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I saw a raccoon sitting in the road on Sunday morning.
Probably not the healthiest raccoon in the world given that it was broad daylight and it appeared unconcerned about the enormous vehicle heading in its direction. I actually pulled alongside side the animal, and for a moment, felt the desire to step out of my car. Maybe pick the animal up.
I know. Crazy. But the instinct has a source.
Growing up, I had a pet raccoon.
People think it’s crazy that I had a pet raccoon, but context is important.
First, my family was not the first to own a pet raccoon. First Lady Grace Coolidge had a pet raccoon named Rebecca who was a celebrated resident of the White House. Rebecca was dragged out for Easter egg rolls and held like a cat while the First Lady posed for the camera.
Second, my parents didn’t purchase the raccoon at a pet store or plan for a raccoon as a pet. A tree with a nest of baby raccoons was felled and their mother was killed, so my father took one of the baby raccoons into his care until it was able to fend for itself.
This, of course, was not what I was told. I assumed that we’d have the raccoon forever.
His name was Racket, and he lived in a cage made of wood and chicken wire in the backyard, but truthfully, he only occasionally resided in that cage. Raccoons have tiny hands, not unlike our own, so keeping Racket locked up in the cage was nearly impossible. He escaped all the time, and when he did, we would try like hell to get into the house, tearing apart the screens on the windows on more than one occasion in order to gain entry.
The best thing about Racket was that he loved me more than he loved my brother and sister. He would frequently claw and bite them, but with me, he was always sweet, climbing into my shirt and into my hair and holding on for dear life. There were mornings when I would awaken to find Racket lying beside me in my bed, having found a way into our home.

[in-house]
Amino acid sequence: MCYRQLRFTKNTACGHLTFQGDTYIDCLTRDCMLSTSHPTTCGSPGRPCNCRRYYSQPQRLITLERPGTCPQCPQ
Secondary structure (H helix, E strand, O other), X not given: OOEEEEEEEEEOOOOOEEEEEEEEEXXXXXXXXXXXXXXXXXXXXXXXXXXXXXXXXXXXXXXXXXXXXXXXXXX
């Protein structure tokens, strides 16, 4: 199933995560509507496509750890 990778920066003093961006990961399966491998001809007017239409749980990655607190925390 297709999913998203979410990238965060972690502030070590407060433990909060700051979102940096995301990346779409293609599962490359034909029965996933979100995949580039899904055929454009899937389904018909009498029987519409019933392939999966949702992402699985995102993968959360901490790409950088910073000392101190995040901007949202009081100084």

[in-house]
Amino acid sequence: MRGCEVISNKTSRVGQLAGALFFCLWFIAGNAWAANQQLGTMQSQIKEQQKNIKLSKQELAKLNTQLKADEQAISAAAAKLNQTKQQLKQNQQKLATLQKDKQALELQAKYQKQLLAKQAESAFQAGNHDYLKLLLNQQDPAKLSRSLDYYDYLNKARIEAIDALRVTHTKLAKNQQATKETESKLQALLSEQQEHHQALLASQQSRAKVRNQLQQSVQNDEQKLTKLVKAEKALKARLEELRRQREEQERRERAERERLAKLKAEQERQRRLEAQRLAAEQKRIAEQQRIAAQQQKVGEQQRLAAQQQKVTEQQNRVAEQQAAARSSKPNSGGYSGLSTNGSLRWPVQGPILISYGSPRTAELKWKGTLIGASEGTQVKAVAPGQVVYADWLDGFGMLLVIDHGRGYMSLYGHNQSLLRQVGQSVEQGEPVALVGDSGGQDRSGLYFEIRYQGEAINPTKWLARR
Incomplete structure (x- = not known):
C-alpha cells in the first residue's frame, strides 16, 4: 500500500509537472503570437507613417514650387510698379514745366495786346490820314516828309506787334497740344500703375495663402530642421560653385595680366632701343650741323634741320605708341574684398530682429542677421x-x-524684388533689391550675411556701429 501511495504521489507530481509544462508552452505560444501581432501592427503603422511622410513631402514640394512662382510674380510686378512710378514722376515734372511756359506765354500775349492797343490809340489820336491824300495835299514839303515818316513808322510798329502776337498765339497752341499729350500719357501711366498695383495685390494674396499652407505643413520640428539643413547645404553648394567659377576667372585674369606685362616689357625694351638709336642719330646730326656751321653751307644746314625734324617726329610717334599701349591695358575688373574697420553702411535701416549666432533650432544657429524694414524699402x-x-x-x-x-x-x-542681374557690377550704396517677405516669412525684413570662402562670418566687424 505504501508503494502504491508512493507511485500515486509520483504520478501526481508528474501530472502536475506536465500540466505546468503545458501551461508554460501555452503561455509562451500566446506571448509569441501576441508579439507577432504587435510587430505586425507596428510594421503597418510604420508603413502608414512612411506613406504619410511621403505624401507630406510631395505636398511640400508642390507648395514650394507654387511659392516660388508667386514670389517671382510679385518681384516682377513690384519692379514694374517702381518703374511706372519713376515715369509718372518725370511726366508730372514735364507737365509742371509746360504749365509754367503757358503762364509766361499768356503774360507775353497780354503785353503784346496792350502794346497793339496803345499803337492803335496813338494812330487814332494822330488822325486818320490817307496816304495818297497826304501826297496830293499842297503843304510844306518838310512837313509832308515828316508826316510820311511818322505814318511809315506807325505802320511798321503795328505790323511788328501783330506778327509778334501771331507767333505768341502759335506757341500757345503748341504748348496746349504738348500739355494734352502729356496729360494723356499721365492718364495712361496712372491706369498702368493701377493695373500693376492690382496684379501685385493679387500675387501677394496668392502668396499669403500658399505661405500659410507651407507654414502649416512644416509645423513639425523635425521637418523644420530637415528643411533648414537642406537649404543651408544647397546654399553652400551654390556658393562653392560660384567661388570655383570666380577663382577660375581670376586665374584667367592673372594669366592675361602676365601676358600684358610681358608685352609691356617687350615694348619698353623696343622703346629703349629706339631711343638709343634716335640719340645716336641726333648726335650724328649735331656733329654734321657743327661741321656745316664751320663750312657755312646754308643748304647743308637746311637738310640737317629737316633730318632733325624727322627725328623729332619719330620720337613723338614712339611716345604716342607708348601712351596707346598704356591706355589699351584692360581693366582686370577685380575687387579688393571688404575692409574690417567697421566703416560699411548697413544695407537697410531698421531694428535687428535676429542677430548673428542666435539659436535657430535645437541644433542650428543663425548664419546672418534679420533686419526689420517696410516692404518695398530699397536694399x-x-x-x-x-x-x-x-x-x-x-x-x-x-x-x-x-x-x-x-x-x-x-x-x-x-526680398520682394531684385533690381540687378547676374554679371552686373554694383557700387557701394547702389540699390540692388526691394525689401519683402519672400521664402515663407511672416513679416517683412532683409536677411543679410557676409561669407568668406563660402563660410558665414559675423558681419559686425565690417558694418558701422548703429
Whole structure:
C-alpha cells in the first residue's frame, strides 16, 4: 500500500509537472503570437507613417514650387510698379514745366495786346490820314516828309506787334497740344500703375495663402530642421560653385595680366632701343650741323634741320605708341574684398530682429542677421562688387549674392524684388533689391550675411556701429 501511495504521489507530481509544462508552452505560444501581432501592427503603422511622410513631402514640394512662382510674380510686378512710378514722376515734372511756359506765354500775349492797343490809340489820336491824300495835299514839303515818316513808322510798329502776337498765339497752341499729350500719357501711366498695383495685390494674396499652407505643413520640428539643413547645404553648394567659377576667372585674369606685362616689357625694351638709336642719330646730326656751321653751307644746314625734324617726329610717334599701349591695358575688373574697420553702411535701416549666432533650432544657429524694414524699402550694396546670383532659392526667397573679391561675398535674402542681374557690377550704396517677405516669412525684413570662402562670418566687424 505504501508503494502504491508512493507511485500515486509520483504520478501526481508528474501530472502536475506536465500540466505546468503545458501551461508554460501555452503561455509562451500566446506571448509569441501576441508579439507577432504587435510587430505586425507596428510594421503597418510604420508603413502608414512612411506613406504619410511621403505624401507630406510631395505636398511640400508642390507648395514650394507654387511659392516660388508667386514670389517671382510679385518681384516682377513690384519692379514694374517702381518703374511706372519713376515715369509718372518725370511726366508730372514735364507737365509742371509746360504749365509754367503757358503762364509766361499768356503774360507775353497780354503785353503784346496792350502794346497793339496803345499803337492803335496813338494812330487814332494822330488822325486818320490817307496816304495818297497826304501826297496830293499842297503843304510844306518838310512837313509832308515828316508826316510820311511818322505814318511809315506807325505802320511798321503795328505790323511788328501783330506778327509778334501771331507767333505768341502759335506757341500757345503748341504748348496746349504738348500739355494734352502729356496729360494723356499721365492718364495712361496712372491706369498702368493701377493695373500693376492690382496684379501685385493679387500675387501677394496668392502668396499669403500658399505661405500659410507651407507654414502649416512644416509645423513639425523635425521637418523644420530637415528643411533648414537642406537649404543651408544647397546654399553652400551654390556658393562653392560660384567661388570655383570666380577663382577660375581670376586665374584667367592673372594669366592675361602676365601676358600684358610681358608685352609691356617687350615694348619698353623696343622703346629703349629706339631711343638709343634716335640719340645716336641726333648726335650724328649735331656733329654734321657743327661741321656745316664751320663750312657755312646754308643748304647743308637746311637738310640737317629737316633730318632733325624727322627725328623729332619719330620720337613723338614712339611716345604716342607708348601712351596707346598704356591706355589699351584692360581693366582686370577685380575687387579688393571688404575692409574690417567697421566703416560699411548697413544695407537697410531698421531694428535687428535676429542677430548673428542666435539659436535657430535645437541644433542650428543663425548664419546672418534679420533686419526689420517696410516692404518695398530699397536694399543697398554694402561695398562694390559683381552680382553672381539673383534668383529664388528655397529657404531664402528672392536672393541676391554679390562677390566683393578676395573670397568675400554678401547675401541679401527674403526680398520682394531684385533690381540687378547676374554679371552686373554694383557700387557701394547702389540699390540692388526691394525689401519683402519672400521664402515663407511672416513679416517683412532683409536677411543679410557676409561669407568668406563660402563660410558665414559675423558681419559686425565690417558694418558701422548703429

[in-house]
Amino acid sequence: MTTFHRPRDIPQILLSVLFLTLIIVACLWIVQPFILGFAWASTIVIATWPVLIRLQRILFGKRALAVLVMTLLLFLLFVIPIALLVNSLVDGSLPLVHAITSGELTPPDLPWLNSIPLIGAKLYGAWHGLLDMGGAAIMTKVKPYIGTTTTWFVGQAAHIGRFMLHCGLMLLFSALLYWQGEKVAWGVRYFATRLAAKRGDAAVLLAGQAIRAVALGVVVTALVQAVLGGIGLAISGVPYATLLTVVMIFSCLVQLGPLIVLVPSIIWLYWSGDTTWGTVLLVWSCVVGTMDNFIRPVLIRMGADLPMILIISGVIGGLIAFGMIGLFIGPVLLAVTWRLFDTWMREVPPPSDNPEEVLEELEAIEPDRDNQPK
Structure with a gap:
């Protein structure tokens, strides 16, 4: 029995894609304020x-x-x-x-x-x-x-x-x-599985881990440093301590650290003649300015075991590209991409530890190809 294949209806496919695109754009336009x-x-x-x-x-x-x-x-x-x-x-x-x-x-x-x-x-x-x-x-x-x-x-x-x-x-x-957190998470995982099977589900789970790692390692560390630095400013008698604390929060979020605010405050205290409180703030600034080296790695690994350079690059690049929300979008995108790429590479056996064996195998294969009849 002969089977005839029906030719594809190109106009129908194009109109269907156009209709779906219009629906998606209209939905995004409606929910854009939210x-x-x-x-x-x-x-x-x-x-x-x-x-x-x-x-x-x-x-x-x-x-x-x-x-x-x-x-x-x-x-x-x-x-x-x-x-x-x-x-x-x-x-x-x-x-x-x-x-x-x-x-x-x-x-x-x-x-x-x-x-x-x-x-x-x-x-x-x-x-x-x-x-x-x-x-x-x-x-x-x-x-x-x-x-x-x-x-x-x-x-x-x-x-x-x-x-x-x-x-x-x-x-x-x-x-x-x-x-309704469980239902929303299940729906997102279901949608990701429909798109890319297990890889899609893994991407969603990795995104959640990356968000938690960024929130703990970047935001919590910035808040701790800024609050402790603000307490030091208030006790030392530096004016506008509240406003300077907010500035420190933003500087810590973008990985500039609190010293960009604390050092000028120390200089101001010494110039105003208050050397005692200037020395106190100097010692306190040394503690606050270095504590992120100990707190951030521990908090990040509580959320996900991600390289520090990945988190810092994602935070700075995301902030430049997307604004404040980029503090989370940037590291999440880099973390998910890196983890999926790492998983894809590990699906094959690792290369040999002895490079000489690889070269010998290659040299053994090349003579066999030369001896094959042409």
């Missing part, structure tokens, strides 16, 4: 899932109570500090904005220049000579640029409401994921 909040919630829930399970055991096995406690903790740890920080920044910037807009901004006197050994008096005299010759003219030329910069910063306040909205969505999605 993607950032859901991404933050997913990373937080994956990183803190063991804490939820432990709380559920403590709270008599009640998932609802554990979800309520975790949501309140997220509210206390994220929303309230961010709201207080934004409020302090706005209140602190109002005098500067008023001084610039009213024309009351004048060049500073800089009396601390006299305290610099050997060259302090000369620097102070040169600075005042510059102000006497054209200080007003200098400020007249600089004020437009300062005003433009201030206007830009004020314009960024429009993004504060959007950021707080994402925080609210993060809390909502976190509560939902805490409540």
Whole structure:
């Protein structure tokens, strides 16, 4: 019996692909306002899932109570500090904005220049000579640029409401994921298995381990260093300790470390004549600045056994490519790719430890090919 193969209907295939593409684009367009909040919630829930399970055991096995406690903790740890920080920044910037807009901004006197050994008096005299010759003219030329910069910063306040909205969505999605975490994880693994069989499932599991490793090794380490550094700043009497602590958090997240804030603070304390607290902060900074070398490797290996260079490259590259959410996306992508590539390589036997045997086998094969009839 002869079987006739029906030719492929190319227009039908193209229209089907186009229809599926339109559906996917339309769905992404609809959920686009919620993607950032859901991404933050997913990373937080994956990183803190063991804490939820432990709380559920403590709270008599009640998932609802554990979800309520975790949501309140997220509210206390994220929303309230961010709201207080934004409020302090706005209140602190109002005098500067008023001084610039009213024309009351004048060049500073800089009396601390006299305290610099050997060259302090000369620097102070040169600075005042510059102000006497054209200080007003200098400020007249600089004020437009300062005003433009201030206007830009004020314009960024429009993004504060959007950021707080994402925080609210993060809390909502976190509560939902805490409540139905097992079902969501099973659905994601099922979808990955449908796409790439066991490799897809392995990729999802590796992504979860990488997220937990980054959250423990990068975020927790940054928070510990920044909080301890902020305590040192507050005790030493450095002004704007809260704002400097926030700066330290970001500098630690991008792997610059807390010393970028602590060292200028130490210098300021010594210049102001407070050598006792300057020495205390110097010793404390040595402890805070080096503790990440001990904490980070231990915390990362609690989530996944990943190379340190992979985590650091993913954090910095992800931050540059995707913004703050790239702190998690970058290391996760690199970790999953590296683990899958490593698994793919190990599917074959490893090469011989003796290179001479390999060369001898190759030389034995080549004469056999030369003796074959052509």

This kind of rehabilitation is not unusual. In fact, a few years ago the state of Alabama made it illegal to rehabilitate baby raccoons because of the propensity of rabies in the raccoon population.
Many Alabamians were enraged. They love their raccoons.
Lest you think folks from Alabama are entirely noble for their desire to rehabilitate raccoons, it should also be noted that raccoon hunting is quite popular in Alabama. In fact, hunting associations in Alabama can legally keep up to ten raccoons in a cage to train coon hounds.
Since the 1950s, the state has offered permits for an event called “coon on the log.” The contests, which are thankfully rarer these days, are designed to test a coon hound’s mettle. A raccoon is tied to a log and floated into a lake. Owners then release their dogs and see which ones have the fortitude to knock the raccoon into the water.
So for every raccoon rehabilitation specialist in Alabama, there is probably at least one raccoon hunter and possibly torturer.
Makes me so sad.
I’m also sad that no photos exist of Racket.
How does a kid have a pet raccoon but the parents take no photos? I understand that it was much more difficult to take photos in my childhood, but we owned a camera. It wasn’t that hard.
After a time, Racket became too large to keep as a pet, so my parents told me one morning that Racket had disappeared. Run away. Later, I learned that my father had brought him deep into the woods and released him. But I would occasionally see Racket in the old barn in the back of our property, perhaps coming around to check on me.
More than likely searching for an easy meal.
All of this is to say I have a special affection for raccoons, which made the desire to pop out of my car and pick up the raccoon in the road very real. Instead, I called the police and alerted them to a possibly rabid raccoon on a road where adults and children frequently walk.
Hopefully the little guy was perfectly healthy and just saw someone coming down the road who loves raccoons and wanted to say hello.
In the absence of any further evidence, that’s what I’m going with.